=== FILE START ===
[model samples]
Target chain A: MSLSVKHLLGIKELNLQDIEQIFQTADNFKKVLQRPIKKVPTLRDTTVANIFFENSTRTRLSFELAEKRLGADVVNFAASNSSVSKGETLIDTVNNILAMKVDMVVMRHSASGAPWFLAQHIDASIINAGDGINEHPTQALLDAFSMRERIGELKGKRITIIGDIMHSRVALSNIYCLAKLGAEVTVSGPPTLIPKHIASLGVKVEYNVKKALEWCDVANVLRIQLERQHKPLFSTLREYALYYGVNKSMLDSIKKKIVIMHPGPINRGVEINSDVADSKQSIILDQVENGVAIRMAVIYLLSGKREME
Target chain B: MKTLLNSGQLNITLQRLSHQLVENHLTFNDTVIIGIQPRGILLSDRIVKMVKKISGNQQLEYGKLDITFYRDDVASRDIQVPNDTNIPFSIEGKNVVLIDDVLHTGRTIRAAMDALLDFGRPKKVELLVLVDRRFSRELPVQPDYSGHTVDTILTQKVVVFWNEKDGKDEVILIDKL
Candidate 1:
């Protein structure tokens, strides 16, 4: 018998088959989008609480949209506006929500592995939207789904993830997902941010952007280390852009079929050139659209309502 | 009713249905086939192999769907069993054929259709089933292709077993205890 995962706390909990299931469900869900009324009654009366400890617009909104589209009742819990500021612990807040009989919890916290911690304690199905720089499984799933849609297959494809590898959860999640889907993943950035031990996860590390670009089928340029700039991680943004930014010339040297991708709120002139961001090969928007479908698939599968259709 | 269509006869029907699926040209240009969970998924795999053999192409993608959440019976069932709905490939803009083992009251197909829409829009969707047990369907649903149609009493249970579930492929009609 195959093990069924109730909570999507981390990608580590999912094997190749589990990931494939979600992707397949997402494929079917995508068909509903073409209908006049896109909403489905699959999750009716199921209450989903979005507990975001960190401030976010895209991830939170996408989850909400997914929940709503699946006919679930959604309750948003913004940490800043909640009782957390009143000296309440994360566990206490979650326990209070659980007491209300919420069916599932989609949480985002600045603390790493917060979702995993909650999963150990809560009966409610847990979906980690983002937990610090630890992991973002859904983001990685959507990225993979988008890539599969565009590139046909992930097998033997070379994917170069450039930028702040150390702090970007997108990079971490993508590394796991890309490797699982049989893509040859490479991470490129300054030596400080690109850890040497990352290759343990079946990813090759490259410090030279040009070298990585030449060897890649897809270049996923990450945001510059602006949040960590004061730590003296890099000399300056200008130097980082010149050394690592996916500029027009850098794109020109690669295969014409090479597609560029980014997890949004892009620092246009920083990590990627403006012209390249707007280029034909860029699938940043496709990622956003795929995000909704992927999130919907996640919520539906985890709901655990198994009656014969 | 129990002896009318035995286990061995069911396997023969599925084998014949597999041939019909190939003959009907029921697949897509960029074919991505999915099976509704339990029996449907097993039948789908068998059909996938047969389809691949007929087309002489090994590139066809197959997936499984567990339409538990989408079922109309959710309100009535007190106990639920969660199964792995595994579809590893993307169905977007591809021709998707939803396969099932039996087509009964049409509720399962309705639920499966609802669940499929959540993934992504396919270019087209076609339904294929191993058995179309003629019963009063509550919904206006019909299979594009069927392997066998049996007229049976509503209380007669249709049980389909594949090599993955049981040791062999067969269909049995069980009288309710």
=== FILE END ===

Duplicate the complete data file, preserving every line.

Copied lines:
[model samples]
Target chain A: MSLSVKHLLGIKELNLQDIEQIFQTADNFKKVLQRPIKKVPTLRDTTVANIFFENSTRTRLSFELAEKRLGADVVNFAASNSSVSKGETLIDTVNNILAMKVDMVVMRHSASGAPWFLAQHIDASIINAGDGINEHPTQALLDAFSMRERIGELKGKRITIIGDIMHSRVALSNIYCLAKLGAEVTVSGPPTLIPKHIASLGVKVEYNVKKALEWCDVANVLRIQLERQHKPLFSTLREYALYYGVNKSMLDSIKKKIVIMHPGPINRGVEINSDVADSKQSIILDQVENGVAIRMAVIYLLSGKREME
Target chain B: MKTLLNSGQLNITLQRLSHQLVENHLTFNDTVIIGIQPRGILLSDRIVKMVKKISGNQQLEYGKLDITFYRDDVASRDIQVPNDTNIPFSIEGKNVVLIDDVLHTGRTIRAAMDALLDFGRPKKVELLVLVDRRFSRELPVQPDYSGHTVDTILTQKVVVFWNEKDGKDEVILIDKL
Candidate 1:
């Protein structure tokens, strides 16, 4: 018998088959989008609480949209506006929500592995939207789904993830997902941010952007280390852009079929050139659209309502 | 009713249905086939192999769907069993054929259709089933292709077993205890 995962706390909990299931469900869900009324009654009366400890617009909104589209009742819990500021612990807040009989919890916290911690304690199905720089499984799933849609297959494809590898959860999640889907993943950035031990996860590390670009089928340029700039991680943004930014010339040297991708709120002139961001090969928007479908698939599968259709 | 269509006869029907699926040209240009969970998924795999053999192409993608959440019976069932709905490939803009083992009251197909829409829009969707047990369907649903149609009493249970579930492929009609 195959093990069924109730909570999507981390990608580590999912094997190749589990990931494939979600992707397949997402494929079917995508068909509903073409209908006049896109909403489905699959999750009716199921209450989903979005507990975001960190401030976010895209991830939170996408989850909400997914929940709503699946006919679930959604309750948003913004940490800043909640009782957390009143000296309440994360566990206490979650326990209070659980007491209300919420069916599932989609949480985002600045603390790493917060979702995993909650999963150990809560009966409610847990979906980690983002937990610090630890992991973002859904983001990685959507990225993979988008890539599969565009590139046909992930097998033997070379994917170069450039930028702040150390702090970007997108990079971490993508590394796991890309490797699982049989893509040859490479991470490129300054030596400080690109850890040497990352290759343990079946990813090759490259410090030279040009070298990585030449060897890649897809270049996923990450945001510059602006949040960590004061730590003296890099000399300056200008130097980082010149050394690592996916500029027009850098794109020109690669295969014409090479597609560029980014997890949004892009620092246009920083990590990627403006012209390249707007280029034909860029699938940043496709990622956003795929995000909704992927999130919907996640919520539906985890709901655990198994009656014969 | 129990002896009318035995286990061995069911396997023969599925084998014949597999041939019909190939003959009907029921697949897509960029074919991505999915099976509704339990029996449907097993039948789908068998059909996938047969389809691949007929087309002489090994590139066809197959997936499984567990339409538990989408079922109309959710309100009535007190106990639920969660199964792995595994579809590893993307169905977007591809021709998707939803396969099932039996087509009964049409509720399962309705639920499966609802669940499929959540993934992504396919270019087209076609339904294929191993058995179309003629019963009063509550919904206006019909299979594009069927392997066998049996007229049976509503209380007669249709049980389909594949090599993955049981040791062999067969269909049995069980009288309710």